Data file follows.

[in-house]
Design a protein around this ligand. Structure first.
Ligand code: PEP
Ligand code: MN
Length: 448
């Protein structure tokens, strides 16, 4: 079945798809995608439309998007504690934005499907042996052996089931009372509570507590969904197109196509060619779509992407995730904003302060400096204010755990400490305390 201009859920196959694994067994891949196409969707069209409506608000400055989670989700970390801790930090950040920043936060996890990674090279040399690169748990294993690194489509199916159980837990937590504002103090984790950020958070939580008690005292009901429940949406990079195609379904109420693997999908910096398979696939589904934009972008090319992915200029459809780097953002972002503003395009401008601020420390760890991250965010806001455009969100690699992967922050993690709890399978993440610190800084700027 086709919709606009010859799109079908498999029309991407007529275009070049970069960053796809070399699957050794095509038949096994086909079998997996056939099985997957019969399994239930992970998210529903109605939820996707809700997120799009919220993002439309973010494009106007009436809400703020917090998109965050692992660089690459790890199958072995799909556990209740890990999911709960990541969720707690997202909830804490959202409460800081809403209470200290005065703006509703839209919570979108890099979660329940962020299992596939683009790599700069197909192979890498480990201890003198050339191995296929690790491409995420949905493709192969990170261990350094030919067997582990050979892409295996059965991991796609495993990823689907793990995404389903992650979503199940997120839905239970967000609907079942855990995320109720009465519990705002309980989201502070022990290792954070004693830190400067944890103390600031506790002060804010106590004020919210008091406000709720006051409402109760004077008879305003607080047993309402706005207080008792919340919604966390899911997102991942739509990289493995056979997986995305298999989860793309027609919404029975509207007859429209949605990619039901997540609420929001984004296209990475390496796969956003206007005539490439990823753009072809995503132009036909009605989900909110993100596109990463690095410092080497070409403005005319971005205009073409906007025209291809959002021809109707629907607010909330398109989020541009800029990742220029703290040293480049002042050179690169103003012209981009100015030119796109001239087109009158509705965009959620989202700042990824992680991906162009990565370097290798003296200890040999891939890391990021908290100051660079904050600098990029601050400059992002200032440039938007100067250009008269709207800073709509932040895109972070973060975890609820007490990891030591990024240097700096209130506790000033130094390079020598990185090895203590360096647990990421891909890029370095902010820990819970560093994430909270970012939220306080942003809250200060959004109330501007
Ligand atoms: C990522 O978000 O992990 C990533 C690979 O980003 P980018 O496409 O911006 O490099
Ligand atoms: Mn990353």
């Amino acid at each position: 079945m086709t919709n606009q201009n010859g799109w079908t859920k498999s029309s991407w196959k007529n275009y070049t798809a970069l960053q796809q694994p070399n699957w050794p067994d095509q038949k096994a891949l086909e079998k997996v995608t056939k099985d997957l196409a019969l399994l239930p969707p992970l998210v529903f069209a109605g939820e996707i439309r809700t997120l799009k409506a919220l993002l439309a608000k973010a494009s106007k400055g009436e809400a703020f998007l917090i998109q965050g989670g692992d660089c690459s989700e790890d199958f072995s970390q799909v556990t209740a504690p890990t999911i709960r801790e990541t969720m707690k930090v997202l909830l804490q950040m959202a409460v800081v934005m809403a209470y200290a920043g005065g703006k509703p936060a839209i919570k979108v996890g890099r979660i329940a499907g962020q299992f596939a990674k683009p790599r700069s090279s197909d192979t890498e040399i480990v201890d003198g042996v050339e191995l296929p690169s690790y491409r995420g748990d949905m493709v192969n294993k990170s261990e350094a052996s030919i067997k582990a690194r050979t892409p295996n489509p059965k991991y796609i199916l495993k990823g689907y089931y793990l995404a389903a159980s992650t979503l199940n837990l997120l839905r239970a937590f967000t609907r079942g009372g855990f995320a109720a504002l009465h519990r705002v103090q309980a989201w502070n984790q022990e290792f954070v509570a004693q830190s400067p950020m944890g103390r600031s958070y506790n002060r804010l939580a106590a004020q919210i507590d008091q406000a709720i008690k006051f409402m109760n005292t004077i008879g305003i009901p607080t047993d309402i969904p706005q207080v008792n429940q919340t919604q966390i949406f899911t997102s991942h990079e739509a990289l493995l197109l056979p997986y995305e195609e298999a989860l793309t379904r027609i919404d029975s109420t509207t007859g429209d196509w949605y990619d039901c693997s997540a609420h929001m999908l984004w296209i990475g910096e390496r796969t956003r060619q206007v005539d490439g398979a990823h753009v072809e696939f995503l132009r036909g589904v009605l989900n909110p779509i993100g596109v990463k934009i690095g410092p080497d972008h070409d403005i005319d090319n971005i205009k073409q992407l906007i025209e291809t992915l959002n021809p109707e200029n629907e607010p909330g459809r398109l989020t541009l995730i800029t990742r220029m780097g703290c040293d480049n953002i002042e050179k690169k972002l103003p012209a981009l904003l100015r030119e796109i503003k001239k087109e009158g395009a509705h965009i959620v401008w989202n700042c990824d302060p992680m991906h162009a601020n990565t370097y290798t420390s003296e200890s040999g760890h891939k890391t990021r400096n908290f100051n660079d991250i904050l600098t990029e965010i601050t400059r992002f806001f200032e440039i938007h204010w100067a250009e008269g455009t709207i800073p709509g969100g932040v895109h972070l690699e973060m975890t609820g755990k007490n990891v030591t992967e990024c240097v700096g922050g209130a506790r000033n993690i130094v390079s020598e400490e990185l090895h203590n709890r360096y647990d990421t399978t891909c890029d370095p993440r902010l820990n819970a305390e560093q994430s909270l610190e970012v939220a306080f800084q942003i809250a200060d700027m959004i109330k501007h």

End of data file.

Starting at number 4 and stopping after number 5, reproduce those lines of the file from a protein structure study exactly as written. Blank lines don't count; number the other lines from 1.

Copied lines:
Ligand code: MN
Length: 448